Champagne’s Breaux Bridge Bakery

Review by: Michael Stern

This charming 19th-century one-room bakery in the Crawfish Capital of the World caused us to stomp the brakes as we drove past early in the morning. The smell of just-baked bread was irresistible. Inside the door, a small card table is arrayed with loaves. They are the familiar-looking south-Louisiana torpedoes, like French baguettes but about half the weight. Some are wrapped in paper, the others in plastic bags. “You want soft, you get the plastic,” advised the gent behind the counter. “For crisp, paper.” Our paper-wrapped loaf had a refined crunch to its crust and ineffably feathery insides. It’s delicious just to eat, but oh, how well this would scoop out to be become a seafood boat filled with fried oysters or shrimp!

Cooked meat pies were displayed along the bakery counter, and good as they looked, we hesitated about getting one because who wants a cold meat pie? “We have a microwave,” said the woman behind the counter.

“Lots of people, they come in and they take two or three, hot to eat,” said the man who had been our bread counselor. The warmed one we took out to the car was nothing short of spectacular: rich, moist, and vividly spiced.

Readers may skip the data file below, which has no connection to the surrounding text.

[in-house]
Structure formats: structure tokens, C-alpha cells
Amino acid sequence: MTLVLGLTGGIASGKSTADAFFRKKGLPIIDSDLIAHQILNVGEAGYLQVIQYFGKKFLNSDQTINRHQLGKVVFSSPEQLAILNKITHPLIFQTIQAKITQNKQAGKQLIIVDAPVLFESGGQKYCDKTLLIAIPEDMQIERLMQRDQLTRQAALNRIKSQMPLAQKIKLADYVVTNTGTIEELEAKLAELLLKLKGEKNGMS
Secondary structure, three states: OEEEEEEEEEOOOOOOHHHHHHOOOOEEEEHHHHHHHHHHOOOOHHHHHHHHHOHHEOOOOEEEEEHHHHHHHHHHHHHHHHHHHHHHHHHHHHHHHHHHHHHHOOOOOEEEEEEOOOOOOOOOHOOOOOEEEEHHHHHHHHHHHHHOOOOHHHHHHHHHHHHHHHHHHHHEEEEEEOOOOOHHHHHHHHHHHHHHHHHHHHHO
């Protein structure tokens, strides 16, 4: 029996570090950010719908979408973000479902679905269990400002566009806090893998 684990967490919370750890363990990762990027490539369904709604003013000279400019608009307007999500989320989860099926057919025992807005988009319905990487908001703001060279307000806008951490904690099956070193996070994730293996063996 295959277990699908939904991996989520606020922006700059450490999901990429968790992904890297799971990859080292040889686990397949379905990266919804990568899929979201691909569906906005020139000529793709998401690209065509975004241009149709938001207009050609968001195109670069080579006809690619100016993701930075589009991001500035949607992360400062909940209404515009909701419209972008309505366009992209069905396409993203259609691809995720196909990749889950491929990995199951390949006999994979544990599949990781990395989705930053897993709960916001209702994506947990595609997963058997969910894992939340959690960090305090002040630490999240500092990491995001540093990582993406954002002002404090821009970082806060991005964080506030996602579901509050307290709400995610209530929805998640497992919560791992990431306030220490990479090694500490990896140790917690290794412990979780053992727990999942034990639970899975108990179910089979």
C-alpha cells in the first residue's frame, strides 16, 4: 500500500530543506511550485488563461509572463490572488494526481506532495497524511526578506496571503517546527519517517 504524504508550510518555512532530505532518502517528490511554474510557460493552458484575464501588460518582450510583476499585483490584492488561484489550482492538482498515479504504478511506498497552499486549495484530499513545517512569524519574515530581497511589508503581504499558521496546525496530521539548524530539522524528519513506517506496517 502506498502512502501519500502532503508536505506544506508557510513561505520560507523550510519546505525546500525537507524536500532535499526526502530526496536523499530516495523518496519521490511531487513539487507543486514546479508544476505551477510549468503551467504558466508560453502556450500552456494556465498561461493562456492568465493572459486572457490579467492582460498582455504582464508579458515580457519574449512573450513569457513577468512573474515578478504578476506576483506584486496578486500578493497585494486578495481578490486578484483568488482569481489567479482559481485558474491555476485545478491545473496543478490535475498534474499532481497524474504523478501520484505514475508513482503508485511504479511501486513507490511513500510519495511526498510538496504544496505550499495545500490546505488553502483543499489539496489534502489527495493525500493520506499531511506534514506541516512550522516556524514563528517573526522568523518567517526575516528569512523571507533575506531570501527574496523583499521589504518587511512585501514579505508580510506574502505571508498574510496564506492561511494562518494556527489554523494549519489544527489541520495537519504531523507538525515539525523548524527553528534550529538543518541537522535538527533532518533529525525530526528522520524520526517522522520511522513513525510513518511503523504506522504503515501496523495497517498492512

We also walked away with a bag full of sugar cookies and one big, flat cookie filled with coconut. Delicious!

What To Eat

French Bread

Meat Pie

Sugar Cookie

Pink Cookies

Pink Cookie Cake

Coconut Ball

Doberge Cake


Champagne’s Breaux Bridge Bakery Recipes


What do you think of Champagne’s Breaux Bridge Bakery?

One Response to “Champagne’s Breaux Bridge Bakery”

Carol Bayer

April 28th, 2011

Tucked away in Breaux Bridge and appearing, from the street, to be abandoned, we almost missed this little jewel of a bakery. We arrived in the middle of the afternoon and felt as if the gods had smiled upon us when we discovered there was only one loaf of French bread and four meat pies left from the morning’s baking. The proprietor was pleased that we wanted them, as she could close for the day once we made our purchase.

She advised us to heat those luscious little meat pies in the oven and not in a microwave. “You want them crispy, not soggy,” she advised in her beautiful Cajun accent. They were, indeed, perfect when warmed up: ground beef with just the right amount of spice, stuffed into fresh, crisp dough. We made sausage po-boys with the French bread and can honestly say that we have never tasted any better bread for our favorite kind of sandwich.

While not much to look at, this little bakery is a gem, and we are very happy that we stopped there on our way to New Orleans.


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